But it is not only in the sacrifice of deity that one sees this love for the species, but in the picture of Jesus Christ himself. This is particularly evident in the suffering of Christ – a suffering that springs out of his being a member of the species. For Feuerbach, love is “nothing else than the realization of the unity of the species” (p.269) because in love, one is related to other human beings as one is to oneself. In love we share the suffering of others as our own. Anyone, therefore, who rises to the love of humanity, to the species, does what Christ did, and so does not need Christ, or Christianity. For someone who loves the species, who allows its heart to beat in him or herself, Christ disappears.

The Contradiction Between Faith and Love

Although this may be difficult to fully understand, it seems clear that one cannot overstress Feuerbach’s emphasis on love. Unlike that other, devastating, critic of Christianity, Friedrich Nietzsche, Feuerbach attempted to conserve the ethic of love, as the basis of his naturalistic humanism. “A loving heart is the heart of the species throbbing in the individual” (p.268). This is clear also in his Principles of the Philosophy of the Future (1843), where he writes that “The essence of man is contained only in the community and unity of person with person” (§59).

His claim about the importance of love for the Christian is demonstrated in a series of chapters on Christian belief and practice, on the concept of prayer, the idea of miracles, and on the doctrines of the Trinity, the Incarnation, providence, and resurrection. Perhaps no chapter among these better represents Feuerbach’s ‘hermeneutics of charity’ – his method of listening sympathetically to what the believer really feels and does – than his chapter on prayer. Prayer, he argues, reveals the ultimate essence of religion, because it is in prayer that the believer addresses the deity with the most intimate affection as a you (thou). It is in prayer which is sometimes disconsolate and pregnant with sorrow but which also expresses the confidence that human wishes will be fulfilled, that the believer brings the innermost feelings of the heart. Here “God is an unutterable sigh, lying in the depths of the heart” (EC, p.122). Feuerbach argued that it is superficial to see prayer as simply manifesting a sense of dependence. Rather prayer is rooted “in the unconditional trust of the heart, untroubled by all thought of compulsive need, that its concerns are objects of the Absolute Being, that the almighty, infinite nature of the Father of men is a sympathetic, tender, loving nature, and that thus the dearest, most sacred emotions of man are divine realities.” (p.124.)

But despite this emphasis on love, Feuerbach believed that Christianity is an alienating (in the Hegelian sense) and a contradictory religion. It is alienating because the human spirit has not yet reappropriated the predicates it has projected or objectified – in other words, it has transferred its own species attributes to an external supernatural being rather than embracing these attributes as its own. Christianity is contradictory because its two fundamental virtues, faith and love, are incompatible.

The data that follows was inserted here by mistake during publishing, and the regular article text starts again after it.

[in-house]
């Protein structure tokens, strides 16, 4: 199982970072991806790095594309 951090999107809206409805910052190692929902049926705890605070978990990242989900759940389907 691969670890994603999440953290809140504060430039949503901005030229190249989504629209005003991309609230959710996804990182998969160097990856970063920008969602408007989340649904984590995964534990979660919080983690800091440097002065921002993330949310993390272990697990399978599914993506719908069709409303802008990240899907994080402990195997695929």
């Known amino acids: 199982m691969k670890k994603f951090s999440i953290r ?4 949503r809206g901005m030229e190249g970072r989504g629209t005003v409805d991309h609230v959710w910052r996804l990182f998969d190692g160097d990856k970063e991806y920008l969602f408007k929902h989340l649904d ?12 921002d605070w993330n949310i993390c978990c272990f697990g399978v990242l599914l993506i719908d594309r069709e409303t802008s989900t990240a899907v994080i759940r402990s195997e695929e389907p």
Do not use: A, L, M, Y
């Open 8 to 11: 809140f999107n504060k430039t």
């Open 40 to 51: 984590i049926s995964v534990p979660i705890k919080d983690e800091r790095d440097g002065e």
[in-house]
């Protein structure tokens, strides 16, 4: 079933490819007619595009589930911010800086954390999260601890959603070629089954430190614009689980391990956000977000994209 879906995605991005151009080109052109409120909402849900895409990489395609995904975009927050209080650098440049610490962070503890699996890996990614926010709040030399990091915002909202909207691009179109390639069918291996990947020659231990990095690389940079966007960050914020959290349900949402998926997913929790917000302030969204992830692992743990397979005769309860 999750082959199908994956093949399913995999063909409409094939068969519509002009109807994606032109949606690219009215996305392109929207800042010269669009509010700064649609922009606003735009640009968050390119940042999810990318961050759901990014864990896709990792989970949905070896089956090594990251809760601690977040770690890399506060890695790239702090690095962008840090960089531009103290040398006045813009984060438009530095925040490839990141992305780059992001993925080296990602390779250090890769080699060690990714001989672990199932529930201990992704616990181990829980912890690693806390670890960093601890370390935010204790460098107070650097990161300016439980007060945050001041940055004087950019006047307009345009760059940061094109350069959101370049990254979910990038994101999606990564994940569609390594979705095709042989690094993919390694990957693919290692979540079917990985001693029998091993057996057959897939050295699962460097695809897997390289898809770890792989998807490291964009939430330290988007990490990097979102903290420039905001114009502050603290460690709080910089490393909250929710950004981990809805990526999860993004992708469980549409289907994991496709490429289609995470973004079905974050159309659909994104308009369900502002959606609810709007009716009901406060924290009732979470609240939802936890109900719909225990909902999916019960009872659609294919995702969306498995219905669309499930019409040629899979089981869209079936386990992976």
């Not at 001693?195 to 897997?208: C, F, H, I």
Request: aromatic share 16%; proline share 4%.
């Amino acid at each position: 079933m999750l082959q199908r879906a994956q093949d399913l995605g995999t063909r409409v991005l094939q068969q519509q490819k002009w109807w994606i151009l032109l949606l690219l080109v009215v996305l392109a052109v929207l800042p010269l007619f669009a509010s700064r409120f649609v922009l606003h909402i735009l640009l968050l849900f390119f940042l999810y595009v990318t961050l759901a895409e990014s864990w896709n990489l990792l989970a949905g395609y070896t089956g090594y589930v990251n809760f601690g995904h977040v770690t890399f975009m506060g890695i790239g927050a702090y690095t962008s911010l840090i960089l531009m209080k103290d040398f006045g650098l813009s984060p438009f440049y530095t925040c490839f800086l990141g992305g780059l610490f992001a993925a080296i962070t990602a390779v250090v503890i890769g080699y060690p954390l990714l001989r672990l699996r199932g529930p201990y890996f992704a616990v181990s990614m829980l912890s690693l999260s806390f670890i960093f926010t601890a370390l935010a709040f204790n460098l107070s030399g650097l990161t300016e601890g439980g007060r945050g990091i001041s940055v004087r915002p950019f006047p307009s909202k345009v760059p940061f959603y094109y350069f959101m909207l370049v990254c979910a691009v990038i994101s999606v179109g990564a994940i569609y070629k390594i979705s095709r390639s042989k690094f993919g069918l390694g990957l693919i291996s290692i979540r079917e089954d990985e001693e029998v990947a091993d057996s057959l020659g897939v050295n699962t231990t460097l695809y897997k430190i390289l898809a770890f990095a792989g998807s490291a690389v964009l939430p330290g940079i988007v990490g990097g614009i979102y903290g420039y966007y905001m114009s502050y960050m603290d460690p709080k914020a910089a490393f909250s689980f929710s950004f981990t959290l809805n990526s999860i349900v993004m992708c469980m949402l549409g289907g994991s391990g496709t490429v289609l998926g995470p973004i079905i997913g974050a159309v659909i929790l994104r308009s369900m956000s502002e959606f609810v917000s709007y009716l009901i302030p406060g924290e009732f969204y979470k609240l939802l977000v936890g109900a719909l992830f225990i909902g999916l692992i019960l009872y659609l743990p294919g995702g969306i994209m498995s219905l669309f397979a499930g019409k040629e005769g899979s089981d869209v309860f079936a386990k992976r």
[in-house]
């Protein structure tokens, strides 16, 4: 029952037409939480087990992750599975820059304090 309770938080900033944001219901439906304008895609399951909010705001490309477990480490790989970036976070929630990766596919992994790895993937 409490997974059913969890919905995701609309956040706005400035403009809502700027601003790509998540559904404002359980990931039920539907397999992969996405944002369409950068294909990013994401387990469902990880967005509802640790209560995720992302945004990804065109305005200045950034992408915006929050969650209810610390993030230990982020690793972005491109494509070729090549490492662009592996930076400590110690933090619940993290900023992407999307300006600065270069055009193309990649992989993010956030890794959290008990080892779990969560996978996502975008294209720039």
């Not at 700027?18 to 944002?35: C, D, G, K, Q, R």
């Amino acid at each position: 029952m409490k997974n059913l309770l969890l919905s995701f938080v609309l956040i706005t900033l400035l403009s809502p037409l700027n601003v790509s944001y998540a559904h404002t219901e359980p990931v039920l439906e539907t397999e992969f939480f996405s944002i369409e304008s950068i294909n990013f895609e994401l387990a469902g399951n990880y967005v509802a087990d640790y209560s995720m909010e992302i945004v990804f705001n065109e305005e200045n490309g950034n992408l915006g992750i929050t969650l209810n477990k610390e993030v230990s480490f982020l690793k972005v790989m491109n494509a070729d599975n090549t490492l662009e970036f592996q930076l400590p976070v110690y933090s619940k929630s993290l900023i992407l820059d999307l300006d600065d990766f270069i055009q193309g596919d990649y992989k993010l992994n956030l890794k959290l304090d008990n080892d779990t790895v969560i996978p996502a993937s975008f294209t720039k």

The analysis of faith and love occurs in the latter part of The Essence of Christianity, entitled ‘The False or Theological Essence of Religion’. He deals first with the contradictions he finds in the concept of God, and then he turns to the contradictions between faith and love. For instance, the Christian thinks he has true beliefs, and that unbelievers and the adherents of other religions are wrong. But since these right beliefs have to do with salvation, the unbelievers are more than intellectually wrong, they are lost. Faith thinks of itself as privileged, as having been given the gift of grace not given to the unbeliever. So rather than this faith being a form of love, Feuerbach regards this as a type of arrogance under the form of humility. Although it is true that faith gives individuals a sense of dignity and importance, this dignity is a borrowed dignity – much like the dignity of a waiter in an expensive restaurant trades on the class of the restaurant, even though he is still only a waiter.

But Feuerbach’s harshest polemic against faith is that as ‘right belief’ it is specific, and expresses itself in dogma. Consequently, faith is exclusive, and leads to the anathematization of those who do not accept the dogma. The church, Feuerbach concludes, justifies itself in adjudging damnation to heretics and unbelievers, “for this condemnation is involved in the nature of faith.” (EC, p.252) But this condemnation necessarily generates hostility and intolerance – both of which are the opposite of love. Love, by contrast, sees the unity of person with person – I with you – even if the you is of a completely different intellectual persuasion.

Many interpreters of Feuerbach stress that his criticism of Christianity depends largely on his inverted Hegelianism and the Hegelian concept of alienation, but it could be argued that his major emphasis falls on his analysis of the contradictions between faith and love. It is with a paean of praise to love that Feuerbach concludes his critique of Christianity – a paean that combines not only his arcane claim that “Love is the subjective reality of the species” (p.268) – but the more straightforward argument that it is the predicate ‘love’ and not the subject ‘behind love’ that is crucial for Christians: “In the proposition ‘God is love’ the subject is the darkness in which faith shrouds itself, the predicate is the light, which first illuminates the intrinsically dark subject” (p.264). It is this that constitutes the most intelligible, if not necessarily convincing, argument, that just as God has in the Incarnation renounced himself out of love, so we out of love should renounce God.

© Prof. Van A. Harvey 2011

Van Harvey is George Edwin Burnell Professor of Religious Studies (Emeritus) at Stanford University, and author of Feuerbach and the Interpretation of Religion (1995).